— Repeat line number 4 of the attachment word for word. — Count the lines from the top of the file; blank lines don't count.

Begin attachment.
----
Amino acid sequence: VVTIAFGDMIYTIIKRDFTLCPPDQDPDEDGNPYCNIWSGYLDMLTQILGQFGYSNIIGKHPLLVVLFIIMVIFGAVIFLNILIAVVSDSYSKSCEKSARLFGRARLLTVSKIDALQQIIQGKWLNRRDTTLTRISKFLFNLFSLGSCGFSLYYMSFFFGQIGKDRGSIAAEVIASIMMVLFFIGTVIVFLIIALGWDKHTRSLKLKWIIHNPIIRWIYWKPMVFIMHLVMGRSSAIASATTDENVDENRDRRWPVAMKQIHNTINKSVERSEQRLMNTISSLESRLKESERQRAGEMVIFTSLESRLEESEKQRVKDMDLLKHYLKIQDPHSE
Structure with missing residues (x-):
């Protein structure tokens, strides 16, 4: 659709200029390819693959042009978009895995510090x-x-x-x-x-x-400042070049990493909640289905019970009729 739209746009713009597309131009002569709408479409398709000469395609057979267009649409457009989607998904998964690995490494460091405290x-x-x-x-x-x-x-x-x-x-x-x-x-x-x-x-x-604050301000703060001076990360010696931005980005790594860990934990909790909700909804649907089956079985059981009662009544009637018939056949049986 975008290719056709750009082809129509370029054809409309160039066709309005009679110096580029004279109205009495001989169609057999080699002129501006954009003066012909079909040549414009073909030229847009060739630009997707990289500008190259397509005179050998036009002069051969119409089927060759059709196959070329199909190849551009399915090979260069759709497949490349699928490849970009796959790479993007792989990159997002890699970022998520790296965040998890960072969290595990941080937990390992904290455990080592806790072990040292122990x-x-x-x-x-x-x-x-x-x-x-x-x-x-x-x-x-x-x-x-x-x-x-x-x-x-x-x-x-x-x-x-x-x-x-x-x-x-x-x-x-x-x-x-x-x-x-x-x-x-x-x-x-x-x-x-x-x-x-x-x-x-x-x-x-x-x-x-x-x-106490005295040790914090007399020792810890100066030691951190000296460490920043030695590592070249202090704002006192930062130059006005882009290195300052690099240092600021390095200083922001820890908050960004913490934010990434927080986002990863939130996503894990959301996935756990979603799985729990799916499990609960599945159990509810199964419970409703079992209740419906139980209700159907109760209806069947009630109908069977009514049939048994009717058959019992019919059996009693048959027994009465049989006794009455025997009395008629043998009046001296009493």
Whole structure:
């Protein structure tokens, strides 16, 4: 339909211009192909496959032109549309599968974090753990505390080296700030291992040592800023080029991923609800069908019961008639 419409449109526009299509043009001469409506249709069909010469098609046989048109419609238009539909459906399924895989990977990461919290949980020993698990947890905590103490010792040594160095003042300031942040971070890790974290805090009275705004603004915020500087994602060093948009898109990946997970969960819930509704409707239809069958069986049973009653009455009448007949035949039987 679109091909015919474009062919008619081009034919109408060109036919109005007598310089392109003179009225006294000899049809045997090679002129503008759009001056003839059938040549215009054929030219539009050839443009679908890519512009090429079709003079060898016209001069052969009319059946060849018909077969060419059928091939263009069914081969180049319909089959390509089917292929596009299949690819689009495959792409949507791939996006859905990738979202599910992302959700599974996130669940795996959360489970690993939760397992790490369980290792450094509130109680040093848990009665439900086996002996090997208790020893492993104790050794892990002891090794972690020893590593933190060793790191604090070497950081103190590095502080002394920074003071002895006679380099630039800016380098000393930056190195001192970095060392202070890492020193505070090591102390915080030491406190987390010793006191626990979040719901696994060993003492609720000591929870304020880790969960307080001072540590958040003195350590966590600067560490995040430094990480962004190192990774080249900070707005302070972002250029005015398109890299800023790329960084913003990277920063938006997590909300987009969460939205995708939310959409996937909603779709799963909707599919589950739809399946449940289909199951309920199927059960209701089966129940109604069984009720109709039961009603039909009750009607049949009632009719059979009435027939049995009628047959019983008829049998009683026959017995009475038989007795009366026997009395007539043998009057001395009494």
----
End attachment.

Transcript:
Whole structure: